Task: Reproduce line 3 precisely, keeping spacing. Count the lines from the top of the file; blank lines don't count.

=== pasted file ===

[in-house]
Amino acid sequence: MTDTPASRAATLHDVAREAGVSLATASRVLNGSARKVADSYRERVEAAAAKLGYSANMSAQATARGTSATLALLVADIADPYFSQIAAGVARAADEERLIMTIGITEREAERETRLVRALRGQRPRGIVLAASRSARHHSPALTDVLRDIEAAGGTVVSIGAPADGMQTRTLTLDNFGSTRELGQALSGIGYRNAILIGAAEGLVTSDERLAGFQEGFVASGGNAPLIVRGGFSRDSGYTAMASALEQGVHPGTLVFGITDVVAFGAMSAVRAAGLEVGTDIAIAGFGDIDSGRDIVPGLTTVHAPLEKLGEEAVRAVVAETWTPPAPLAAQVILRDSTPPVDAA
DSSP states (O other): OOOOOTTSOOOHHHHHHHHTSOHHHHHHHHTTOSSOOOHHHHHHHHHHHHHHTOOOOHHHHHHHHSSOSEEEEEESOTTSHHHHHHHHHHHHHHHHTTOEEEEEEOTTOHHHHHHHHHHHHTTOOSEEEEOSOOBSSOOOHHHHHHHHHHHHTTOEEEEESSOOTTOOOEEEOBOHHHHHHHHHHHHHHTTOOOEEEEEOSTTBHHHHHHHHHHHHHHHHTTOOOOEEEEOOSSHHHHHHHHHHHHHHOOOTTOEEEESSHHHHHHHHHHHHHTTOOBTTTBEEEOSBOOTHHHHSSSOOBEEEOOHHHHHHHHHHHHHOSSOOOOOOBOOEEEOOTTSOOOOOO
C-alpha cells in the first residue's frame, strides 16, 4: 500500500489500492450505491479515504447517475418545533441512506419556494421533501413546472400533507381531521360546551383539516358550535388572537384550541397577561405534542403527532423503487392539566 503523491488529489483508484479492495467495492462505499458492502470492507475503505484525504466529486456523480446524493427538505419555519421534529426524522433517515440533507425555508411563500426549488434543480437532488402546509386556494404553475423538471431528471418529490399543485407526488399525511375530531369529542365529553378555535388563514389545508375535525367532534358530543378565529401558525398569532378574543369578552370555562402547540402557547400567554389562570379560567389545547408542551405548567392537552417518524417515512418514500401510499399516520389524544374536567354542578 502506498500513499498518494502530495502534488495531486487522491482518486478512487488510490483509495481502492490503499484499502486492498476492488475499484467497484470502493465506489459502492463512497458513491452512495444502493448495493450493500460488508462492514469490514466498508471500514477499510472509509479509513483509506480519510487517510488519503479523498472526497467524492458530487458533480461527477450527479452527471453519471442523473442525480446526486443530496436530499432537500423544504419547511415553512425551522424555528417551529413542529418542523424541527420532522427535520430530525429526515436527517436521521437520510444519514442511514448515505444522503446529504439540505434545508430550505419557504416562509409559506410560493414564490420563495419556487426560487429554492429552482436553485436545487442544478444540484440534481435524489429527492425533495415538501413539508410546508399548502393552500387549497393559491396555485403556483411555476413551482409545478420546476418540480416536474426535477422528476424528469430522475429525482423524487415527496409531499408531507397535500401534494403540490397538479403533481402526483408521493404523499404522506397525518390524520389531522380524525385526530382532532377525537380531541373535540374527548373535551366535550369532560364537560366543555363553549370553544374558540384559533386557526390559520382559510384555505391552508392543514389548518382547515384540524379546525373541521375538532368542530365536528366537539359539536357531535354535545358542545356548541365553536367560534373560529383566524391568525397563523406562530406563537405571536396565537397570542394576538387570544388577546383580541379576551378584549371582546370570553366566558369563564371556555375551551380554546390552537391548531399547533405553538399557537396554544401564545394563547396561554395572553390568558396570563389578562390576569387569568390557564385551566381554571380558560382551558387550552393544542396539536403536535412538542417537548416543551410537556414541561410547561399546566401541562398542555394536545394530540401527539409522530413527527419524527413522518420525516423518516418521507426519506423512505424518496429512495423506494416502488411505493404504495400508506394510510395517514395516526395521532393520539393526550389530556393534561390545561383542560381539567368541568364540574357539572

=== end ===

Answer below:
DSSP states (O other): OOOOOTTSOOOHHHHHHHHTSOHHHHHHHHTTOSSOOOHHHHHHHHHHHHHHTOOOOHHHHHHHHSSOSEEEEEESOTTSHHHHHHHHHHHHHHHHTTOEEEEEEOTTOHHHHHHHHHHHHTTOOSEEEEOSOOBSSOOOHHHHHHHHHHHHTTOEEEEESSOOTTOOOEEEOBOHHHHHHHHHHHHHHTTOOOEEEEEOSTTBHHHHHHHHHHHHHHHHTTOOOOEEEEOOSSHHHHHHHHHHHHHHOOOTTOEEEESSHHHHHHHHHHHHHTTOOBTTTBEEEOSBOOTHHHHSSSOOBEEEOOHHHHHHHHHHHHHOSSOOOOOOBOOEEEOOTTSOOOOOO